Berkshire’s Home Front 1914: Emergency Defence

home front WW1 Berkshire

In August 1914, the Chief Constable of Berkshire, Major Arthur Faulconer Poulton (1858-1935)made an appeal to Berkshire’s Special Constables to organise a guard on all vulnerable points liable to outrage. Suggested points included: rail and river bridges (especially over the Thames), ‘water works, reservoirs, lighting works, magazines, churches, town halls and other large buildings’.

In addition, Special Constables were expected to register and watch all aliens, specifically ‘alien enemies viz those of German nationality who are now under certain restrictions‘.

By December, the threat from the enemy within was compounded by a real fear of invasion. I have a copy of a confidential circular issued under the remit of the Defence of the Realm Act (DORA) instructing Berkshire’s Emergency Defence Committees in the event of ‘a landing of a hostile force in the South or South East coast’. It states that as soon as the order was issued to ‘denude’ Kent, Sussex and Surrey of all ‘cattle, sheep, horses, vehicles (both horse and motor), consumable stock, suitable for man or beast and all other commodities which may be considered of use to an invading force’, both people and resources were to be removed to special centres in Buckinghamshire and Berkshire. Continue reading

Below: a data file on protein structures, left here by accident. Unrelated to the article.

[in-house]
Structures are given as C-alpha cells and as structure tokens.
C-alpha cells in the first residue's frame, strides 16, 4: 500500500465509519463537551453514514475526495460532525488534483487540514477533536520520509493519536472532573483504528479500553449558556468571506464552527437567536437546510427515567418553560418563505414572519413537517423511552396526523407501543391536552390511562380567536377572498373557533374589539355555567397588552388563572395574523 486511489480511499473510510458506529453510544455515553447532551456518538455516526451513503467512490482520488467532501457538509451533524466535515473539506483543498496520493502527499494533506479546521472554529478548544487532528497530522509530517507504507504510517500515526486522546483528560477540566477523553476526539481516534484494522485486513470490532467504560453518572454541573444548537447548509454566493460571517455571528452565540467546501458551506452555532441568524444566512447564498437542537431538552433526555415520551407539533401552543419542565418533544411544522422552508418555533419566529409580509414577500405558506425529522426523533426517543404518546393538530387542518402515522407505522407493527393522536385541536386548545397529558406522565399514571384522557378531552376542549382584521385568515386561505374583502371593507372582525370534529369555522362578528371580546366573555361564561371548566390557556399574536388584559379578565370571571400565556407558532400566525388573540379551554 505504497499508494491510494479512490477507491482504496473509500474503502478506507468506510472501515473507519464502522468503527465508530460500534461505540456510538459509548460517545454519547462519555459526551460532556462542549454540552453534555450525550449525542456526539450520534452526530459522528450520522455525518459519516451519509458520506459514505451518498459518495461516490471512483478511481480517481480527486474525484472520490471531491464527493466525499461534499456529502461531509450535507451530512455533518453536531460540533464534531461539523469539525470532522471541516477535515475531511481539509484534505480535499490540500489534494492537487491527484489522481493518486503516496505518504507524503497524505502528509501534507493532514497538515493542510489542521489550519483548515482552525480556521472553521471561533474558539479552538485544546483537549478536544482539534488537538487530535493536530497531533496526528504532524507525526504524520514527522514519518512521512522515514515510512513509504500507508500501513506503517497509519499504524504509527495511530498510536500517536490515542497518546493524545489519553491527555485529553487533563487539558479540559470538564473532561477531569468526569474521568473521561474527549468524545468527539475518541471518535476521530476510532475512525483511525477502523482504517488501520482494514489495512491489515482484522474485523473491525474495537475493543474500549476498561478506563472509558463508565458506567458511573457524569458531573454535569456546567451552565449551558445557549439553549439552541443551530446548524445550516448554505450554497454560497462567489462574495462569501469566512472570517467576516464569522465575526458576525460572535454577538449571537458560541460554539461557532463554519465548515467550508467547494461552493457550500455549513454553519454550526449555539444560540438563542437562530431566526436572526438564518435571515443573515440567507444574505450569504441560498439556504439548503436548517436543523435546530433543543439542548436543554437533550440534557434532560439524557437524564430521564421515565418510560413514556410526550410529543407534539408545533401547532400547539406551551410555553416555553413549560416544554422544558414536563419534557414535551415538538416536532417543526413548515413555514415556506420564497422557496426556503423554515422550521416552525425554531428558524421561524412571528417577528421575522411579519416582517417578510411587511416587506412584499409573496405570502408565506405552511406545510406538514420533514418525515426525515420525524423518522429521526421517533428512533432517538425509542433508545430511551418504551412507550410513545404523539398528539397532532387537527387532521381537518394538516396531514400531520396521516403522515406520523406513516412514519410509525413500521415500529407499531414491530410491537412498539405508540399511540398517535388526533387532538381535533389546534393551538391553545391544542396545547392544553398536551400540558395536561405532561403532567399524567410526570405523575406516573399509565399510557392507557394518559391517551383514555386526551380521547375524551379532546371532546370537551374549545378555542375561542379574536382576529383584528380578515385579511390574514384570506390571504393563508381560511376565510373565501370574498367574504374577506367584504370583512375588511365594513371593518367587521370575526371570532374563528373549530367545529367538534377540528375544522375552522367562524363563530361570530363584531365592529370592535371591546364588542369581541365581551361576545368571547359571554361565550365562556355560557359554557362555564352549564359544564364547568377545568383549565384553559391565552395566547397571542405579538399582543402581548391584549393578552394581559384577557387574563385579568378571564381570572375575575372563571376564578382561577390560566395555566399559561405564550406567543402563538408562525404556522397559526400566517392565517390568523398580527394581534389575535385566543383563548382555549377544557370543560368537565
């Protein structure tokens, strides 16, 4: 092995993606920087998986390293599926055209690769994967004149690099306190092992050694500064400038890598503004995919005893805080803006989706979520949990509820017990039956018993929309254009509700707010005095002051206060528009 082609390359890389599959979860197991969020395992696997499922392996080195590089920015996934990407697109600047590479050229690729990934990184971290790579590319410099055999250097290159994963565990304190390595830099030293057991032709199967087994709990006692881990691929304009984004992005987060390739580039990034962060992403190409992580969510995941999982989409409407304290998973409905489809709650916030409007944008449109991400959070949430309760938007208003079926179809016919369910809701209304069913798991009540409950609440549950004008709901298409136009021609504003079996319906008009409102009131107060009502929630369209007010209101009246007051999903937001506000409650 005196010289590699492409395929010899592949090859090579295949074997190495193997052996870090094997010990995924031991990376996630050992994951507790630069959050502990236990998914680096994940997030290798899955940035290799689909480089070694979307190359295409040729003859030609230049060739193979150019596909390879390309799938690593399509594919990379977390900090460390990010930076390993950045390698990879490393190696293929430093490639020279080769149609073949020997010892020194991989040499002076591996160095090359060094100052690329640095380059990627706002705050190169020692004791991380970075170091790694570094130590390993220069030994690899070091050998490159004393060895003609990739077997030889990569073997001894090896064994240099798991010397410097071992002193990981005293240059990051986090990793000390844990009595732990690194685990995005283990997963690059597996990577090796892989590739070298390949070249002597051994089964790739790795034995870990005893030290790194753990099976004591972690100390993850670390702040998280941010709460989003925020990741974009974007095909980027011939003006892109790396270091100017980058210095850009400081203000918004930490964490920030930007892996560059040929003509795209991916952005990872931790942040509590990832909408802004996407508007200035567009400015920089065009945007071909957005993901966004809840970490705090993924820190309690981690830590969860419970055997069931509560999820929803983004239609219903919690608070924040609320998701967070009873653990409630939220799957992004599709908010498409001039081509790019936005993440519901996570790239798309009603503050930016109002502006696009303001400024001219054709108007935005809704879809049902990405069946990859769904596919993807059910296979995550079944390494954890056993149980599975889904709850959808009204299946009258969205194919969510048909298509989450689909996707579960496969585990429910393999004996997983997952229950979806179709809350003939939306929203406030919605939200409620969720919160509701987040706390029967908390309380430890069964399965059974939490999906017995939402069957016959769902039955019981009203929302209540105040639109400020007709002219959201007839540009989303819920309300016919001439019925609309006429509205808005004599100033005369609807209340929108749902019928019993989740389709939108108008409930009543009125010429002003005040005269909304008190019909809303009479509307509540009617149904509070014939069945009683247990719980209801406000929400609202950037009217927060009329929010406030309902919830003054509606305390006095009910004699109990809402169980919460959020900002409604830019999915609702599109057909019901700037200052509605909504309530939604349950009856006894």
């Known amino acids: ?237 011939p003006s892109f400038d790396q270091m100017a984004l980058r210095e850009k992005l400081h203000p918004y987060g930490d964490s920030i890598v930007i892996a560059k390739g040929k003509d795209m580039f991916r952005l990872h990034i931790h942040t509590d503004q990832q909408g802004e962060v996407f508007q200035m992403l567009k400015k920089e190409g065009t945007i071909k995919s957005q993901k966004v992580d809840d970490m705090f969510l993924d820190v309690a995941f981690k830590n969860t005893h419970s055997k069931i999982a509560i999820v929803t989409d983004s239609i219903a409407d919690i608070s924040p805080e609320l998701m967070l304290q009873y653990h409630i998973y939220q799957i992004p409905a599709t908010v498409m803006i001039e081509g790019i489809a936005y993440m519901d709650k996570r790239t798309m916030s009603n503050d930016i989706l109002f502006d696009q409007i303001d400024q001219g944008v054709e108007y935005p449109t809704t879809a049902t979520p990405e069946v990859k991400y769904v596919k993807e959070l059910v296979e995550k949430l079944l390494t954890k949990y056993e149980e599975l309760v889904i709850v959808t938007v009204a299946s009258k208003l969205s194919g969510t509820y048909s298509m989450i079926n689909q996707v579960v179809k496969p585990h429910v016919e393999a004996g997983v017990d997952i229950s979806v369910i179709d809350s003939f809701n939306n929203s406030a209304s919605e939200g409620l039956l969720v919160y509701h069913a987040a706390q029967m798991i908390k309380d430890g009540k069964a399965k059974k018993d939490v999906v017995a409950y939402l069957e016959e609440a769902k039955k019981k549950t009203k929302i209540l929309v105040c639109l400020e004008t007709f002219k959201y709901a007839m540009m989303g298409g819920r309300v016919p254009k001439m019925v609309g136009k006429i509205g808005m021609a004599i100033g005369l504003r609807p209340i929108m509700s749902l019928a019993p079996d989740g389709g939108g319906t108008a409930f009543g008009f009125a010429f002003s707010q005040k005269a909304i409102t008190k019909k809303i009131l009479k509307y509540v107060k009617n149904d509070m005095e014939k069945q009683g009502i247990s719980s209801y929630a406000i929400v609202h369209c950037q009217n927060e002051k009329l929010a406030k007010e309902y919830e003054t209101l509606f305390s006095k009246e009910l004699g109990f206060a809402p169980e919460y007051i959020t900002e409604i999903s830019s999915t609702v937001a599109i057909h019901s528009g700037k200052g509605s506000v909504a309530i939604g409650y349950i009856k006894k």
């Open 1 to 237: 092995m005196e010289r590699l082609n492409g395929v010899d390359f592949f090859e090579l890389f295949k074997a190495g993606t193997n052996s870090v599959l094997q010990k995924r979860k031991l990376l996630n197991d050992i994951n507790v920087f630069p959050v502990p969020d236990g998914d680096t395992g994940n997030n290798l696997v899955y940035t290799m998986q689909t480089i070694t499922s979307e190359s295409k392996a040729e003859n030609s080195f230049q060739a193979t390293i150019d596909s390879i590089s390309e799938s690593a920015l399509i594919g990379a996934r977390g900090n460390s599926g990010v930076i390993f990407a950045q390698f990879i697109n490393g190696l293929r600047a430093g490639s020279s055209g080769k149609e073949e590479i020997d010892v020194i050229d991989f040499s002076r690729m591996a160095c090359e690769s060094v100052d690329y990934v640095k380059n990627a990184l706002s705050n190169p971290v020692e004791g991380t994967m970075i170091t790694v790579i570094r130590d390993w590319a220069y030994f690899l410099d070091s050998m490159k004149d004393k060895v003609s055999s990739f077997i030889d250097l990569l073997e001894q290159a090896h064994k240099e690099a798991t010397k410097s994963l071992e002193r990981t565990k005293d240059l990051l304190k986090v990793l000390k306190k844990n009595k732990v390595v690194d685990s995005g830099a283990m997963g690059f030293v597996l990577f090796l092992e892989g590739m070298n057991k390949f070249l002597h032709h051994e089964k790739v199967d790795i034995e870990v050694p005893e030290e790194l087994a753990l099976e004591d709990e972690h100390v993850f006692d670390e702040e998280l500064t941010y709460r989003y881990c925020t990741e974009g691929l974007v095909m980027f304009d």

A Most Desirable Eighteenth Century Investment Opportunity

In the early 1770s the British government was (as ever) short of cash and facing problems at home and abroad. Their troubles only intensified in 1775, when war finally broke out in America.

Berkshire family history

                  Georgian Coin Scale                  

Against this backdrop, they decided to resurrect a previously less than successful money-making scheme called a tontine, loosely based on an issue of life annuities. Via the Irish Parliament, they established three state-run Irish Tontines: in 1773, 1775 and 1777, all heavily promoted by the national press in both England and Ireland.1

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